Northern German Kale and Sausage (Grünkohl und Pinkel)

Grünkohl und Pinkel: German kale and sausages

schlauschnacker / pixabay

Prep: 30 mins
Cook: 75 mins
Total: 105 mins
Servings: 2 to 3 servings
Nutrition Facts (per serving)
508 Calories
41g Fat
13g Carbs
24g Protein
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Nutrition Facts
Servings: 2 to 3
Amount per serving
Calories 508
% Daily Value*
Total Fat 41g 52%
Saturated Fat 13g 67%
Cholesterol 93mg 31%
Sodium 1708mg 74%
Total Carbohydrate 13g 5%
Dietary Fiber 3g 12%
Total Sugars 4g
Protein 24g
Vitamin C 63mg 314%
Calcium 136mg 10%
Iron 2mg 13%
Potassium 1004mg 21%
*The % Daily Value (DV) tells you how much a nutrient in a food serving contributes to a daily diet. 2,000 calories a day is used for general nutrition advice.
(Nutrition information is calculated using an ingredient database and should be considered an estimate.)

Cooked kale and sausage is a delicious winter comfort food. Grünkohl is German for "kale", and this hearty green is a popular choice in East Frisia, the Rhine, and Northern Germany. Everyone has different ways of eating kale, and one of the most famous is called grünkohl und pinkel (also Bregenwurst or Grützwurst).

Germans celebrate winter with a Grünkohlfahrt, which is a brisk hike accompanied by schnapps and a warm kale dinner afterward. Cooked kale is mixed with mustard, bacon, and sausage for a nutritious dinner. Common accompaniments are boiled potatoes or caramelized potatoes, which have been boiled, then sliced and browned in butter and sugar. Give this a tradition a try with your family, or serve it up after a day of skiing.

Pinkel is an East Frisian term that might come from their word for the little finger or from the word for dripping, as in the fat dripping from the sausage. The pinkel sausage traditionally contained brain (not any longer), oats, bacon, and pork, and is flavored with allspice, cloves, pepper and maybe marjoram. The recipes are held secret and every family has its favorite butcher. For this recipe, you can use any type of sausage, including smoked bratwurst.


  • 1 pound kale, cleaned and chopped, or 12 ounces frozen kale, chopped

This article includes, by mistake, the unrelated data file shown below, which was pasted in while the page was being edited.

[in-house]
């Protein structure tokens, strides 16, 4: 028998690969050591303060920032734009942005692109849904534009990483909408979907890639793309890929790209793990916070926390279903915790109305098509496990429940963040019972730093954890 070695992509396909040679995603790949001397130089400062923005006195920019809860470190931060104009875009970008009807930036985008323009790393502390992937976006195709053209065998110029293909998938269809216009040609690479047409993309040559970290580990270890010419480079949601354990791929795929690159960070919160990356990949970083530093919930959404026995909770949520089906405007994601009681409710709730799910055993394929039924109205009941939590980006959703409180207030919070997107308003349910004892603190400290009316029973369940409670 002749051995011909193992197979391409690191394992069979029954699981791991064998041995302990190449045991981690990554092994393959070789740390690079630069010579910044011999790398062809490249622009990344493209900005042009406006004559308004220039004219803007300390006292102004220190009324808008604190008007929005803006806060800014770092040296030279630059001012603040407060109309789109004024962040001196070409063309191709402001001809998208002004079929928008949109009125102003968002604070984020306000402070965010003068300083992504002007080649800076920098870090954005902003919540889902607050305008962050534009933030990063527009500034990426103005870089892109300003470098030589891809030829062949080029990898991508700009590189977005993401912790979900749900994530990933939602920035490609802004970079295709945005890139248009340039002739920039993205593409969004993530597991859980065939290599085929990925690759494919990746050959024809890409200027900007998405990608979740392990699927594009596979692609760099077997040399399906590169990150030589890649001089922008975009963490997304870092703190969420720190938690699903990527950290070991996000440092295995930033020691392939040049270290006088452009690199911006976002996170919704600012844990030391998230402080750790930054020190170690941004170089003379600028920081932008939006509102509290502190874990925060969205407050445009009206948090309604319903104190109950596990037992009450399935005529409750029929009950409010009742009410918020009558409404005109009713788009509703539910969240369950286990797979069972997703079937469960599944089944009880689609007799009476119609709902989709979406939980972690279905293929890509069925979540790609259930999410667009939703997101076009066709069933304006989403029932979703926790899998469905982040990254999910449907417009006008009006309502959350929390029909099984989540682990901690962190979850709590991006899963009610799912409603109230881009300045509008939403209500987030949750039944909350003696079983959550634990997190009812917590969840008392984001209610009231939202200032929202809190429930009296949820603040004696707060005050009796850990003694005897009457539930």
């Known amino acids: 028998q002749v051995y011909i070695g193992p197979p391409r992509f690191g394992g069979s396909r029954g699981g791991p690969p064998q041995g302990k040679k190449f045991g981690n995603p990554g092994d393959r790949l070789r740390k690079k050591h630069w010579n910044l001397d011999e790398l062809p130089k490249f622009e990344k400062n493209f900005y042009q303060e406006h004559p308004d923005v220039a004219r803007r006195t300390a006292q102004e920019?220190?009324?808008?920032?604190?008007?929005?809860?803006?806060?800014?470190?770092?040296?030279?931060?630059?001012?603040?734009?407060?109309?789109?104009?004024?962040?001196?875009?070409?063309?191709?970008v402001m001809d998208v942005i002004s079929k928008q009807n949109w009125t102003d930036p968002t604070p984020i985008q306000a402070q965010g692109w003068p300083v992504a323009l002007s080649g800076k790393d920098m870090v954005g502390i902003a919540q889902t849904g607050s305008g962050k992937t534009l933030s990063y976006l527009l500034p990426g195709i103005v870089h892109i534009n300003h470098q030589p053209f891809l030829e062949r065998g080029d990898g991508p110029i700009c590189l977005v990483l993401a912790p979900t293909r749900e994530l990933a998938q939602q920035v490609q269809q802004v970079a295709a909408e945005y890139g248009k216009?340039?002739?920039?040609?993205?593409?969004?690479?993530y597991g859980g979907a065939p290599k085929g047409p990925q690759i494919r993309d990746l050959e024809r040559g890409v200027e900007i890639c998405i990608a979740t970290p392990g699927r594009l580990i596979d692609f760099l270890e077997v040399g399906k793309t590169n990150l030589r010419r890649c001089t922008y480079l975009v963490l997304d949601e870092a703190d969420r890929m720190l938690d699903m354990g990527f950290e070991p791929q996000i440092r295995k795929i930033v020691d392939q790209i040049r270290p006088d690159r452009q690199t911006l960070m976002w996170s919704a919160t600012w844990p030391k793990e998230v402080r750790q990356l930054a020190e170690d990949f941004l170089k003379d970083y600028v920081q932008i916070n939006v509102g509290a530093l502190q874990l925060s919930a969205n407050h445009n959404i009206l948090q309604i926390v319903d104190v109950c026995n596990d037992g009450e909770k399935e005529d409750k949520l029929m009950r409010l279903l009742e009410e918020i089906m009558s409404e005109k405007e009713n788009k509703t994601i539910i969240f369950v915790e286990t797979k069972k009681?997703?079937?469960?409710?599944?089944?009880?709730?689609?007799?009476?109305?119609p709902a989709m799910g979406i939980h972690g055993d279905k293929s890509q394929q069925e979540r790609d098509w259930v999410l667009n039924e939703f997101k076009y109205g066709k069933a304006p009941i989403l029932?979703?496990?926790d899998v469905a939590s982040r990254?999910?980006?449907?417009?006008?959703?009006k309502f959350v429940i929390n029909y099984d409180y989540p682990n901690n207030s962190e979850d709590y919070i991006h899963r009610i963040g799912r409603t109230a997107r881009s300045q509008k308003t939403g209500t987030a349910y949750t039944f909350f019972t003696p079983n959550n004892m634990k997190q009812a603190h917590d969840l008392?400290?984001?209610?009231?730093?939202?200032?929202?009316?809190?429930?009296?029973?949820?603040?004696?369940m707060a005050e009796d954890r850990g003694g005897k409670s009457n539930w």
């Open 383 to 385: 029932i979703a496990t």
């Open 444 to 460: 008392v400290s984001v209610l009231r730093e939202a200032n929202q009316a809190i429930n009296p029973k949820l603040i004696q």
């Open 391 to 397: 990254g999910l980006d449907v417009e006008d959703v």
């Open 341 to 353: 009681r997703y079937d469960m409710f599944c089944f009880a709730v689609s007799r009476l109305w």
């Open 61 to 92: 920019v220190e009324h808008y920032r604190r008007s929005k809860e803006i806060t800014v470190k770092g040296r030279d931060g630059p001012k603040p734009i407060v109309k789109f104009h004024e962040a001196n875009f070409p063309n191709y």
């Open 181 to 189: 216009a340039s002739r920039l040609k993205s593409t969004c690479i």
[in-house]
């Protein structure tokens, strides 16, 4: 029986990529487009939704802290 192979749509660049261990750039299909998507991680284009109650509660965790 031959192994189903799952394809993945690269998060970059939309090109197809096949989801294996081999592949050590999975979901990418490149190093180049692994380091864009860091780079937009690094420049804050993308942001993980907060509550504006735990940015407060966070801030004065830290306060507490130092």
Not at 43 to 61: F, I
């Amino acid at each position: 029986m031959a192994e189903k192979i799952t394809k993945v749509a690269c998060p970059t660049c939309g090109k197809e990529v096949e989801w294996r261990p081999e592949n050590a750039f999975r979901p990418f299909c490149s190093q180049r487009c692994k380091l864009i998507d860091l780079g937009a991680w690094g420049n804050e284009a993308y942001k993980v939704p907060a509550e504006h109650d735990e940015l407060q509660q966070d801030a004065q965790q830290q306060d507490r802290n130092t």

• 2 pieces bacon, chopped, or 50 grams German Bauchspeck, diced

  • 1/2 onion, chopped

  • 2 teaspoons beef bouillon

  • 1 tablespoon mustard

  • Freshly ground black pepper, to taste, optional

  • 4 sausages, such as bratwurst, frankfurters or other

  • 1 thick slice ham, optional

Steps to Make It

  1. Gather the ingredients.

  2. Clean the kale. Remove the thick middle stem and chop the leaves. Bring a pot of water to a boil and blanch the kale for 1 minute, then drain. You may also use frozen kale, thawed and drained.

  3. In a frying pan, brown the bacon. Sauté the onion in the pan with the bacon and its grease and add the kale. Cook for 2 to 3 minutes and then add water to cover. Stir in beef bouillon. Simmer for 30 minutes.

  4. Add the mustard and stir. Place the sausages and optional ham on top of the kale and simmer for another 30 minutes. Pepper to taste. Salt only after tasting as the meat is salty.

  5. Serve hot and enjoy.


  • Fresh kale is available throughout the winter, or you can use frozen chopped kale, which looks like spinach. This is easy to find in Germany but may or may not be stocked at your supermarket.
  • You can chop the kale before or after you blanch it. Just be sure to drain it well and if you chop it afterward, allow it to cool a bit for ease of handling.
  • Germans prefer to harvest the kale after the first frost, as they believe this makes the kale sweeter. If you are growing your own kale, give this a test and see what you think.
  • Store any leftovers in the refrigerator. They will keep for two to three days. You can reheat servings in the microwave.

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